My son is now seven weeks old. He is beginning to roll over, grasp at objects, and produce a cacophony of baby sounds. He is the perfect blend of my wife and I. He looks like Hitler’s wet dream: a beautiful blend of a Scandinavian and an American w.a.s.p. gene pool of a bygone era. Blonde hair, ice-blue eyes, fair skin, and in the top 1% for height and weight. I sometimes have to convince myself that I didn’t sell my soul for the creation of this little creature.
He is the epitome of how inexplicably complex life is. His mother moved from Norway to the United States when she was 8 years old. She was the daughter of a Norwegian father, and an American mother from Illinois, who met by chance in the Caribbean. My parents are both of Northwestern European stock, whose families have been living in the U.S. since the early 19th century. They met at the same small college in southern Maryland which I too attended for my undergraduate degree. Kat and I met through a social media app, I moved across the country, we were engaged in the Coliseum in Rome, married in my favorite city of Annapolis, gave birth to this beautiful boy, and the rest is history.
That brief recap is the tip of the iceberg, of whose depth exceeds the realm of calculable probabilities. Countless generations of both sides of our families, with innumerable life-happenings, survival, and successful reproduction, which took place in order for Kat and I to exist, meet, and procreate. It is the most beautiful sequence of random events that I can ponder, and I do so quite often. It is strikingly easy to fantasize about how many trials and tribulations our ancestors must have hurdled in order to pass on their genes. We are so unbelievably lucky to be alive and to have such a happy, healthy baby.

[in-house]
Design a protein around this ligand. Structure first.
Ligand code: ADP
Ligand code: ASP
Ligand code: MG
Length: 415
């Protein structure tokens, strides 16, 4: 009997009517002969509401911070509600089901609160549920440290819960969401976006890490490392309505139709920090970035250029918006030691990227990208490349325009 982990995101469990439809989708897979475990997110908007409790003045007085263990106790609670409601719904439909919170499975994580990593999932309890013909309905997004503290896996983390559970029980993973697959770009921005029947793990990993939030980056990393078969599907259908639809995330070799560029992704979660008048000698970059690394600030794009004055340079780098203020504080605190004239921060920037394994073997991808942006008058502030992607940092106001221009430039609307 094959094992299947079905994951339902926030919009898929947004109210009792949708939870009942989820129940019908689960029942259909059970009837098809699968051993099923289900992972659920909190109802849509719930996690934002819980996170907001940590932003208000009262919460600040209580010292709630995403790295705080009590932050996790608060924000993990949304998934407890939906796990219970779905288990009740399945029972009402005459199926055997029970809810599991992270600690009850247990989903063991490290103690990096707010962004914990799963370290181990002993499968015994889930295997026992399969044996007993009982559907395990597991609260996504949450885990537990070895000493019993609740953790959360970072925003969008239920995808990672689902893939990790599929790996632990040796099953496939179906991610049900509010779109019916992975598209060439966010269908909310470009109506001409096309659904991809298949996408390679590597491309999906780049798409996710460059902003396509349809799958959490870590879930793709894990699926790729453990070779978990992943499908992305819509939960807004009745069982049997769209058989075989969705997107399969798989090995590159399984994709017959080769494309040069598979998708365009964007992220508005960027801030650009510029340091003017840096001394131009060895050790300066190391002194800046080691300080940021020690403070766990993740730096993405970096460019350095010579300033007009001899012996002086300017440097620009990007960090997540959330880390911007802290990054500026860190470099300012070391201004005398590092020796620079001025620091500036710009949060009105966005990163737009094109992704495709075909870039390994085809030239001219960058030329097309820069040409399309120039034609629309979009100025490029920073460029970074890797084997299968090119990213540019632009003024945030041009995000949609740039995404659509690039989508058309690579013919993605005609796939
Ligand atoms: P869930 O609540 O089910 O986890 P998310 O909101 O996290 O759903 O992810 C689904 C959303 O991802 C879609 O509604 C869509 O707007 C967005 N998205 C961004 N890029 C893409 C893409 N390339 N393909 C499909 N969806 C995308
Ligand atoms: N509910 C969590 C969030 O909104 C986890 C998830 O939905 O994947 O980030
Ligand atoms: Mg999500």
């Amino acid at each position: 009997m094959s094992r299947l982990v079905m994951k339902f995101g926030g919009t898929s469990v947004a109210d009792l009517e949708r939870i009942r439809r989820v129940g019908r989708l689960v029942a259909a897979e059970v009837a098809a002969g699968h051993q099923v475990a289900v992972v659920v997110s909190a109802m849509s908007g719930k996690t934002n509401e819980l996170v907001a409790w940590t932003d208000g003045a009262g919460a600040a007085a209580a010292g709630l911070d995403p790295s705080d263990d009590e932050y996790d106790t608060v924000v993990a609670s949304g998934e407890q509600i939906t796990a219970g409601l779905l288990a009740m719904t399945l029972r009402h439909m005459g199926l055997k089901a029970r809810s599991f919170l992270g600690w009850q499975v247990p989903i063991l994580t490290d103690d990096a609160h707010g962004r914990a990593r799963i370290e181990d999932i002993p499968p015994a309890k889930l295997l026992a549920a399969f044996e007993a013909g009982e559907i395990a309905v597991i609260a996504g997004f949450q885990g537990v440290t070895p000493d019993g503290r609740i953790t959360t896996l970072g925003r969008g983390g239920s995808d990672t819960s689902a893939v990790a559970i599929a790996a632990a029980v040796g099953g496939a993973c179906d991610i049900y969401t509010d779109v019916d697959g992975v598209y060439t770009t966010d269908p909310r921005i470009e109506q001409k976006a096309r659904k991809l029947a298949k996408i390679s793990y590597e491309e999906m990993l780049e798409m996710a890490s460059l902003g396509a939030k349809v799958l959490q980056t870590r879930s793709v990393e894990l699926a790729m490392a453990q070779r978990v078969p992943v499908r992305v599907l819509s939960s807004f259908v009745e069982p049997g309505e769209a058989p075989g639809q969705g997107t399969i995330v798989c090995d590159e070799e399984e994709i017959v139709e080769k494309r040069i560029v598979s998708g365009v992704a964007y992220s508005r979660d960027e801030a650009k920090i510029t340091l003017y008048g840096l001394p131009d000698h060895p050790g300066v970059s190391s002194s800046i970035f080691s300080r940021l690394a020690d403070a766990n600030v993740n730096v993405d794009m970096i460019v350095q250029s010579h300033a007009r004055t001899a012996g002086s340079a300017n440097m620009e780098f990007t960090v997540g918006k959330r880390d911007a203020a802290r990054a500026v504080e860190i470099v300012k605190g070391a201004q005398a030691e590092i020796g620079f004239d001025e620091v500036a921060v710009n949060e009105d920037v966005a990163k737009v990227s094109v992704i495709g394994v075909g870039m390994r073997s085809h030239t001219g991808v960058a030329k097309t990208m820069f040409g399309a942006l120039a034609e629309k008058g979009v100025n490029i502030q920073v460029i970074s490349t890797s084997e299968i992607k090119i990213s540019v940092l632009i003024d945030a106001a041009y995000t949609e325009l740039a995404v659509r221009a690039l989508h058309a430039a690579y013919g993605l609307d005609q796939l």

I often picture Olyn in my shoes, and myself in my father’s, and so on until I reach Olyn’s great-grandfather. He lives next door to my father, is approaching 90 years old, and is one of four generations that meets on a regular basis. I can only hope that I will survive to see the same sequence of events take place in my own life. The successful rearing, assistance, and support of Olyn, his children, and his children’s children. How much joy, companionship, and love he must have been, and indeed still is the witness of. Fascinating doesn’t begin to describe how incredible his life must be to bear witness to those happenings.
I can only hope to live as purely, be as reliable, sustainably supportive, and a role model for my successors. Olyn is just the start, and we may have more children, and he may or may not have children of his own. For the time being, I feel as if I have fulfilled my biological responsibility to pass on my genes, and indeed the next generation is in good hands to do the same. Isn’t that the whole point of life? To pass on your genes so that your offspring can enjoy the same sensational existence that both you, and your long line of ancestors were gifted with? I am so unbelievably grateful that by chance, or providence, or both, that my genes and my gene pool will not dry up with my passing. It sounds selfish upon review, but I’m pretty sure that’s a hardwired evolutionary trait. Sorry, I’m not sorry.